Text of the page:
What lies beyond the ‘0.05’- A closer look at multiple comparisons and Bonferroni correction

The majority of research studies use 0.05 as a threshold for statistical significance. If p < 0.05, we say that the evidence against the null hypothesis is strong enough, so we reject the null hypothesis and accept the alternative hypothesis. The term "null hypothesis" is a general statement or default position that there is no relationship between two measured phenomena, or no difference among groups. An alternative hypothesis contradicts the null.

The term ‘significant’ is subject to a lot of misinterpretation. Statistical significance is not the same as clinical significance which is defined by a meaningful effect size.

Understanding the ‘significance’ of various tests becomes even more important in research studies which include multiple comparisons between different groups.

Let’s look at an example.

Your friend just won a lottery and you want to know what your chances are of  winning a lottery if you bought a ticket. You decide to collect data of all the lottery winners in the past 10 years. You look at the area where the ticket was bought, the date, time, winner’s astrologic sign, age, sex, marital status, etc. Each of these is a statistical test in itself and if you test long enough, you will find something which is (statistically) significant. For example, if you look at women and their astrologic signs you may find that Gemini females had a significantly higher chance of winning the lottery (p=0.05) than non-Gemini females! You may assume that this statistically significant finding implies that there is only a 5% chance that this observation is due to chance alone.  This is a classic misconception of the p-value, which doesn’t tell you how likely it is that your hypothesis is true given the data, but how likely the data is, given the (null) hypothesis.

This is a classic misconception of the p-value, which doesn’t tell you how likely it is that your hypothesis is true given the data, but how likely the data is, given the (null) hypothesis.

One thing that often surprises people about the p-value is it’s distribution under a true “null” effect. Let’s imagine I flip a coin 100 times, and get 55 heads.  That corresponds to a p-value of 0.36. Now imagine I do the 100 flips again, getting 60 heads. That’s a p-value of 0.31. Many people assume that, when there is no effect (it’s a fair coin) the p-values cluster around some number like 0.50 or 0.99 or something.  This is not true. Under no effect, the distribution of p-values is UNIFORM. The p-value you get is basically like picking a random number between 0 and 1. Five percent of the time, you get a number less than 0.05.

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So when multiple tests of hypotheses are conducted, even if they are all false hypotheses, 5% of them are very likely to be statistically significant purely by chance. If we test 10 such hypotheses the probability that none will be significant is 0.9^10=0.6. This gives a probability of 0.4 (1 – 0.6 = 0.4) that at least one out of the 10 hypotheses is significant. Thus, doing multiple comparisons ( ‘x’ statistical tests) at a significance level of 0.05 decreases the value of 0.95x, and increases the probability of a significant difference and a type I error. In plain English, if you test 10 or more independent hypotheses at a significance level of 0.05, the chance that at least 1 of them will be incorrectly rejected is a whopping 40%, dramatically increasing the risk of false positives.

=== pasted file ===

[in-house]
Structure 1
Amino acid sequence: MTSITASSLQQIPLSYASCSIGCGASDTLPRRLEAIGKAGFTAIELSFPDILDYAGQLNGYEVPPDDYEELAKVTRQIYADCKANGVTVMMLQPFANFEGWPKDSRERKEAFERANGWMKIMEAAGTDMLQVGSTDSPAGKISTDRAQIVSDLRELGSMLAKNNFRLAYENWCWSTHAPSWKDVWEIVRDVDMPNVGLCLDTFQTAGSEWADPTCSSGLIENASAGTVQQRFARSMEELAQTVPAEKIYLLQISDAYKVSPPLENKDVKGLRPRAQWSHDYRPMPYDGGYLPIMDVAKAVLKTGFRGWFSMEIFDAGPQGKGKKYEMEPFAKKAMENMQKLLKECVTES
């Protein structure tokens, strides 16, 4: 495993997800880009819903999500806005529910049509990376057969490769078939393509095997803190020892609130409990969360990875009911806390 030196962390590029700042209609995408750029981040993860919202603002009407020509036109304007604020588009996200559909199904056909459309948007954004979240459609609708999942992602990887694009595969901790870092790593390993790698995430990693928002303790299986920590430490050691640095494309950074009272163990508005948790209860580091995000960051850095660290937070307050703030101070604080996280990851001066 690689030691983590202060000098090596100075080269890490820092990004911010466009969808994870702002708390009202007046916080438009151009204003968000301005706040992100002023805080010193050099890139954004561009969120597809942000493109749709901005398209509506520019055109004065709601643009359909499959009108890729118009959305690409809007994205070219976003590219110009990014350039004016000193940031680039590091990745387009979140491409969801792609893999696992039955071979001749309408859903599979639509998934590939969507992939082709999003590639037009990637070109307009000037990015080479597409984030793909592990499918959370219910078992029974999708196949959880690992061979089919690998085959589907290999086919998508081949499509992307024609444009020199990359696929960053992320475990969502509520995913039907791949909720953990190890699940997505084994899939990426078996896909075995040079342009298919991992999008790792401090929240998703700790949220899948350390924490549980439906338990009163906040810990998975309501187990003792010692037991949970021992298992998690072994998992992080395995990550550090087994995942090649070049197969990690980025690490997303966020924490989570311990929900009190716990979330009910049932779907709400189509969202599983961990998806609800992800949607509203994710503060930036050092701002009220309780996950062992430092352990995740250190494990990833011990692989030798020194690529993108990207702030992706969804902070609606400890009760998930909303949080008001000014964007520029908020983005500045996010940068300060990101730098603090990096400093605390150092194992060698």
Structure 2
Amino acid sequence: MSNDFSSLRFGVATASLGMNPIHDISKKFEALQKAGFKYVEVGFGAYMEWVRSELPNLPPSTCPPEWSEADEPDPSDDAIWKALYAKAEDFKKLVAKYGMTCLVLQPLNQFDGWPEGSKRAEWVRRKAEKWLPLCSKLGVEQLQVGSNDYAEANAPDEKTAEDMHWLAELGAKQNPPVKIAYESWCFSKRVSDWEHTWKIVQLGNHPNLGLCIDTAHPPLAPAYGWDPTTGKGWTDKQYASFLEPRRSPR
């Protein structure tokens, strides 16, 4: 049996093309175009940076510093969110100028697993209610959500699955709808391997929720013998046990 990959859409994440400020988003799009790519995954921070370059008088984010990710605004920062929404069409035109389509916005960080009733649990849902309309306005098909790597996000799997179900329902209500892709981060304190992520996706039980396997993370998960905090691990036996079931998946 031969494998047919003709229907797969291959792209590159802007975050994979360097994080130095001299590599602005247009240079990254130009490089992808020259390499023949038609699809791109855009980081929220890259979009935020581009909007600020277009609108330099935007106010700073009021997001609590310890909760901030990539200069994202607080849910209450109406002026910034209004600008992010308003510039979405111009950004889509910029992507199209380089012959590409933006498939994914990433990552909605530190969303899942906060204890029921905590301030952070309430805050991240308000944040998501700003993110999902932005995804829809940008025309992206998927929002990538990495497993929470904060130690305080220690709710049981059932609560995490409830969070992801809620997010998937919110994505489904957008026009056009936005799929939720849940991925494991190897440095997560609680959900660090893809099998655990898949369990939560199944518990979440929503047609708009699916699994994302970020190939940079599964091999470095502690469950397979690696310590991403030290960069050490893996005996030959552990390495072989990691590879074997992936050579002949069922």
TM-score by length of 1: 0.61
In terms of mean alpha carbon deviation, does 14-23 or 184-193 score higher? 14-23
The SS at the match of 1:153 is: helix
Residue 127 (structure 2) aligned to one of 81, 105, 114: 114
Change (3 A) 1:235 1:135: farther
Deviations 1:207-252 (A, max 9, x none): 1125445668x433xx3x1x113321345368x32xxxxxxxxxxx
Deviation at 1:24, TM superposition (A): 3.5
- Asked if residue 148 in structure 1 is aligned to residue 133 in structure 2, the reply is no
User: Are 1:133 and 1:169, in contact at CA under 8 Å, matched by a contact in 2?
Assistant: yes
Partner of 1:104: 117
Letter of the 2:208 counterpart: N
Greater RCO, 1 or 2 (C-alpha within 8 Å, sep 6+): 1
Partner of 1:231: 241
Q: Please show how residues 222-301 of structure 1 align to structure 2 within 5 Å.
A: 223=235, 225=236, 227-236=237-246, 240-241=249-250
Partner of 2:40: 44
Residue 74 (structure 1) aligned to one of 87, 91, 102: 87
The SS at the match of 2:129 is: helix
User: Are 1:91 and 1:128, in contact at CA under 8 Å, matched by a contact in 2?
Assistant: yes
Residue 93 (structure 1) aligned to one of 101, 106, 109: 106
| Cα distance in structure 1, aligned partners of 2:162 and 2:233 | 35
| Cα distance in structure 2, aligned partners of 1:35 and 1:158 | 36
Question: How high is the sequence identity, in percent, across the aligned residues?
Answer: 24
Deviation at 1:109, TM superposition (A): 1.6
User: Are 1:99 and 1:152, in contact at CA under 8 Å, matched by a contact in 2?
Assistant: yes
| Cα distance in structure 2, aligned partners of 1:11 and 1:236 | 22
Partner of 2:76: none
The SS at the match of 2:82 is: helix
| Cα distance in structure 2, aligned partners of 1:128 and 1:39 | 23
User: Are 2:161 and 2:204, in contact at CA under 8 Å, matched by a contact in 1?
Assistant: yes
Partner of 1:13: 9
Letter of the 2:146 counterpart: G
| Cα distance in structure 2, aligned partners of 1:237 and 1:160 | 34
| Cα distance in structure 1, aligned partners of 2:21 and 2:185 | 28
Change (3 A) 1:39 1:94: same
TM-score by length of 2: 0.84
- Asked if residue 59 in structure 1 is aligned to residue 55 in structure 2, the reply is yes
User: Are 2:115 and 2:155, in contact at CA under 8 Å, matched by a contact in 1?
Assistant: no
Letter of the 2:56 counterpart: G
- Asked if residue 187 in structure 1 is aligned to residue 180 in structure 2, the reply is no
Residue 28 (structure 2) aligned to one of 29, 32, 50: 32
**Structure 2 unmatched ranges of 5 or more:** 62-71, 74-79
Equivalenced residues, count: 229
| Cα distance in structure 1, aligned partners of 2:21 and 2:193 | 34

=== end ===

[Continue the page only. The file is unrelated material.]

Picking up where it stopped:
One of the solutions suggested to avoid this proliferation of type I errors is the Bonferroni correction. This is used more commonly due to the ease of its application. In the above example, if you are testing 10 hypotheses at a significance level of 0.05, simply divide 0.05 by 10 = 0.005 which is the significance level of each hypothesis to achieve an overall significance of 0.05. The problem arises when there is a large number of tests with which makes the Bonferroni correction too conservative. This is because as the number of tests increases, the p value with Bonferroni correction becomes smaller and smaller as a result of which the null hypothesis may not be rejected despite there being a significant difference in the groups. Thus, Bonferroni correction errs on the side of non-significance and can cause type II errors. Another problem during application of the Bonferroni correction is that it assumes that the tests are being performed on independent variables which is usually not true. For example- if you are comparing heights in two groups – and check them in feet and then in meters, using a p value of 0.025 (0.05 ÷ by 2) will not make sense as these two variables are not independent. If either has a p-value below 0.05, both will.

What’s the solution? Well, pre-specifying a primary hypothesis is standard operating procedure. Well-executed studies will pre-emptively specify the primary comparison being made between the groups and the statistical test used to make that comparison.

Other p-value “corrections” may be used in the setting of multiple comparisons. Most popular are various “false discovery rate control” procedures such as the Benjamini-Hochberg procedure, which is less prone to type 2 error than the Bonferonni correction.

Read more about the misconceptions surrounding the p value here.

Commentary by Manasi Bapat, Nephrology Fellow, Mount Sinai, New York

NSMC intern, class of 2018

with input from Perry Wilson and Laurie Tomlinson, NephJC statistical advisors